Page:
What I find at times is that there are maybe a few too many excuses for lack of "whatever" in today's world. Sites like The Outhouse and Newsarama and IGN didn't exist 20 years ago. You can so much more easily promote your work than before. There are ways now to get your work out there and get noticed. If you truly believe you have a product worth reading, then you will create it and you will find a way to get it read.
Then, the market will decide. The market doesn't help or hurt. The work, a creator's ability to promote it, to convey what you're trying to do, is the ultimate determinant of success. I've got a trade paperback of Chew sitting not 10 feet from me. It's sitting there because I bought it, and the premise is clearly one that is different, that is independent in the thought process. I got that through the direct market, same as I got an X-Men book that same day.
6. Consumers who only read independent books are snobs and, conversely, people who only read Marvel and DC are mindless drones.
Royal Nonesuch: No to the first, and yes to the second.
Just kidding. Maybe. Who knows?
There is an unfortunate divide between the two "worlds." A lot of readers of independent comics started out as readers of Marvel and DC. Although (again, anecdotally) sometimes it does feel like there's more close-mindedness towards independent comics on the part of the Big Two reader. To paint with a giant, overly simplistic brush, Marvel and DC readers like their long-running franchises and will stick by them, even when they're not enjoying a particular run, out of a sense of "completeness," which is ironic considering those comics are never going to actually be complete in their lifetimes. A lot of times, these readers aren't so much interested in comics as a medium, so much as they are interested in that place where they can find Green Lantern and The Fantastic Four. Marvel and DC have pretty much dominated the thinking of a lot of the fans of the direct market-supported superhero properties, but those readers are open to other pieces of genre entertainment in comics, such as The Walking Dead, Invincible, and Hellboy. Still, how many Justice League readers will also check out the latest journalistic offering by Joe Sacco?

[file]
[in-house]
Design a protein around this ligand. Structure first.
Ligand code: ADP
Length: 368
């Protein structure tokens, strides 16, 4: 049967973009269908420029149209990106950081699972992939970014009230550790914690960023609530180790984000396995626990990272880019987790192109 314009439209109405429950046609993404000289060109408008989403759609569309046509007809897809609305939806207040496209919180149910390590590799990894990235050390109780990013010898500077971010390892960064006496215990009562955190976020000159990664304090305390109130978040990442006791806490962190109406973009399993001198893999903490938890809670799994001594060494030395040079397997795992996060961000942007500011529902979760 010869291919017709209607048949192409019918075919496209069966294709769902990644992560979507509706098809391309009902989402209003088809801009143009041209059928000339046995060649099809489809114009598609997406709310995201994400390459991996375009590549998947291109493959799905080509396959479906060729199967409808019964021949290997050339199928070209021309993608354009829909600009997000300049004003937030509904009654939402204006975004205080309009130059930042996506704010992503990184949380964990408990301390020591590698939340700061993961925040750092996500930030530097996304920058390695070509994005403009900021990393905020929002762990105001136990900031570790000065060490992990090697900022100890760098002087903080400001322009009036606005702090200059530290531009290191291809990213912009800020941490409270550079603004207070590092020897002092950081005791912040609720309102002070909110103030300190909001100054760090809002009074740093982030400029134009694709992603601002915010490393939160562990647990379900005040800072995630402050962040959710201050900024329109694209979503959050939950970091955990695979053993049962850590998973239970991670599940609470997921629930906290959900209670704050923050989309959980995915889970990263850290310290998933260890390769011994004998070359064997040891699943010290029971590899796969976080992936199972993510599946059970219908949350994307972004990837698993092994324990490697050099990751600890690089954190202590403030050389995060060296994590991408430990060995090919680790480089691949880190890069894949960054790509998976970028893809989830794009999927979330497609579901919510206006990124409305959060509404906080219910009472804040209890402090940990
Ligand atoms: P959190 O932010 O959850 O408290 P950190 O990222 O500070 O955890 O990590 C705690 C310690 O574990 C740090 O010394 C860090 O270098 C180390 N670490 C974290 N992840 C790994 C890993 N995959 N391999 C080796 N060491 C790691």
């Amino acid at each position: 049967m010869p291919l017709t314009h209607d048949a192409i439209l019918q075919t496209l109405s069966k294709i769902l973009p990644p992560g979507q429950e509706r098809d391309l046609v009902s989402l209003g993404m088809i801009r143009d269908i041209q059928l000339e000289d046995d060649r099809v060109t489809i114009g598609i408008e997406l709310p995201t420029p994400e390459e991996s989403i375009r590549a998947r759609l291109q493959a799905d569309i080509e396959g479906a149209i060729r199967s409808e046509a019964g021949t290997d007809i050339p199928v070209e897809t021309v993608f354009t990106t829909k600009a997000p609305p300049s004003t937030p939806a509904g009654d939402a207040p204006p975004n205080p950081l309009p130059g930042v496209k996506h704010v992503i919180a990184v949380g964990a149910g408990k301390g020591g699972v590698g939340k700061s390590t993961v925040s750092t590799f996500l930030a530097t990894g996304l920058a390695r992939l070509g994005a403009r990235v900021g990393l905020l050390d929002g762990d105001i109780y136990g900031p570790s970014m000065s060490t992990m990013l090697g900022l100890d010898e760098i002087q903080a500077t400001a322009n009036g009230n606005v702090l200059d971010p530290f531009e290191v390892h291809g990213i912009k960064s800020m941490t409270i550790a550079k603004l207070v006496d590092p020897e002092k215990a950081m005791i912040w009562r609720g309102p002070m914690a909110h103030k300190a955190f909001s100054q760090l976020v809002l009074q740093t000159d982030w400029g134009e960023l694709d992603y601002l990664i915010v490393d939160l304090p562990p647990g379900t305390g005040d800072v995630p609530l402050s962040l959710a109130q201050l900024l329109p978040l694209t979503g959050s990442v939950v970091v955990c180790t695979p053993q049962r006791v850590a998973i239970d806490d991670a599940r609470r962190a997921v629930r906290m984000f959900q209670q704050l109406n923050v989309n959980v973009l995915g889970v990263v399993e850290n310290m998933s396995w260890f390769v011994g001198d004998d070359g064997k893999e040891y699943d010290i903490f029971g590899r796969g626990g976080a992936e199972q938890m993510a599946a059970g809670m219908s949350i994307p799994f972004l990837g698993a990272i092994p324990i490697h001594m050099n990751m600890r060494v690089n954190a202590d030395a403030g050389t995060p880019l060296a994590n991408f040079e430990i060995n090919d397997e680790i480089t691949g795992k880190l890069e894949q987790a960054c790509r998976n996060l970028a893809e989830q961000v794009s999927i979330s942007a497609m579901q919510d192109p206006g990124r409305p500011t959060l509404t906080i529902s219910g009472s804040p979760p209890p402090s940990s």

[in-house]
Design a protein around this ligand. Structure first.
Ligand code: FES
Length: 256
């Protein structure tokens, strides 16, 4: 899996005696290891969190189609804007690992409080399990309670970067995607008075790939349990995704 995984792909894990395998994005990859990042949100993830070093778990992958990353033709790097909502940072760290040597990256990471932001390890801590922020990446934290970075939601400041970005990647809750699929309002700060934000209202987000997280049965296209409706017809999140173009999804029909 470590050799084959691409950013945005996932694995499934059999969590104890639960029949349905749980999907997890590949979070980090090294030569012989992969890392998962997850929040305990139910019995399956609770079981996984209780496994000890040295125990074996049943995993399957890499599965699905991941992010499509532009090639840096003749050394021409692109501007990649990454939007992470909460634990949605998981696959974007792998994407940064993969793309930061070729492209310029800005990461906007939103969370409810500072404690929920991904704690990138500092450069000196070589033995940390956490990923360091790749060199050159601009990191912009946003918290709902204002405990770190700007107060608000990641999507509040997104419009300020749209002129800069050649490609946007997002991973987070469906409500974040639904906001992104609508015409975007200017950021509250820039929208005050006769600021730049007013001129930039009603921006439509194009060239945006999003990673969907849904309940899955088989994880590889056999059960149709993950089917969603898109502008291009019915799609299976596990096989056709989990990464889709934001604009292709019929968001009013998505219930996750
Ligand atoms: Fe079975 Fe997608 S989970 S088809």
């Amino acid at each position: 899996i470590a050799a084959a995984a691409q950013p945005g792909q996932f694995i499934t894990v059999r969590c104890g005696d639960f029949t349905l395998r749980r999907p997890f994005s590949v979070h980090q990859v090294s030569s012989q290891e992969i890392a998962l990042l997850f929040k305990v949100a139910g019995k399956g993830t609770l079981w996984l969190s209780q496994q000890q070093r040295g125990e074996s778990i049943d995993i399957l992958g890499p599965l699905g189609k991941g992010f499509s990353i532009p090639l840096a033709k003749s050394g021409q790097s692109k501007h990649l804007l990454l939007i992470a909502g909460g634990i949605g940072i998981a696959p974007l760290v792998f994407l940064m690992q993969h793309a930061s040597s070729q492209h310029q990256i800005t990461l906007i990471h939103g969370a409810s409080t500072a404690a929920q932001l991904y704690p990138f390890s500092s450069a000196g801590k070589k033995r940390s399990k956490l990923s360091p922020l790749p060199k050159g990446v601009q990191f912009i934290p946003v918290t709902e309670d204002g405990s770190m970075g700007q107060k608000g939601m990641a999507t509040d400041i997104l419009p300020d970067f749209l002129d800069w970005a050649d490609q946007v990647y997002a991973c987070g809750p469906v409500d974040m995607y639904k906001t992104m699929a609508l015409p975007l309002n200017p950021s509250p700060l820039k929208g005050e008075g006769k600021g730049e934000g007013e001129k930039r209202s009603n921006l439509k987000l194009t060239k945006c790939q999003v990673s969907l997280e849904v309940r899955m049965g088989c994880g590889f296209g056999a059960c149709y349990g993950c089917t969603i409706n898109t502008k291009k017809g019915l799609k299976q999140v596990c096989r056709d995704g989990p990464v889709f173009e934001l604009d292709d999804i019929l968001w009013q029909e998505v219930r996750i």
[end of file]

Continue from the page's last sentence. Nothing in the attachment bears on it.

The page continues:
By the same token, how many Craig Thompson fans are rushing to the comics shop on Wednesday to grab the newest issue of Daredevil? There are a lot of fans of independent comics who started with independent comics, rather than get interested in them because they started out as superhero readers and wanted to see what else is out there. So are these fans who don't go near the Big Two "snobs?"
The fact is, "superhero" is a genre, one that descended from boys adventure and pulp fiction in the early part of the twentieth century, and which synthesizes a lot of other influences to create something that stands on its own. The fact that it dominates the industry is a problem for people who don't particularly care about all that. Not everyone wants to read every genre. Readers who enjoy the ennui of Optic Nerve or the surreal humor of Peter Bagge may not care much about superheroes. They also may not care about horror or science fiction. Does that make them "snobs?" No. It makes them people with a particular preference in the type of story they want to read. More to the point, they want singular stories, not constructs designed mostly with the purpose of keeping trademarks in the control of a corporate entity (and if they're good, hey, all the better).
Back to Big Two readers being "mindless drones:" the answer is yes, they are. Just kidding again. But (and this goes for everyone, regardless of what they read) why would anyone want to limit themselves to only one type of storytelling? Nobody watches only one type of film or television, do they? It's telling that some of the most acclaimed stories to have come from this milieu, such as Watchmen or Frank Miller's Born Again storyline in Daredevil, are hailed for being great due to the fact that they subvert or transcend that genre.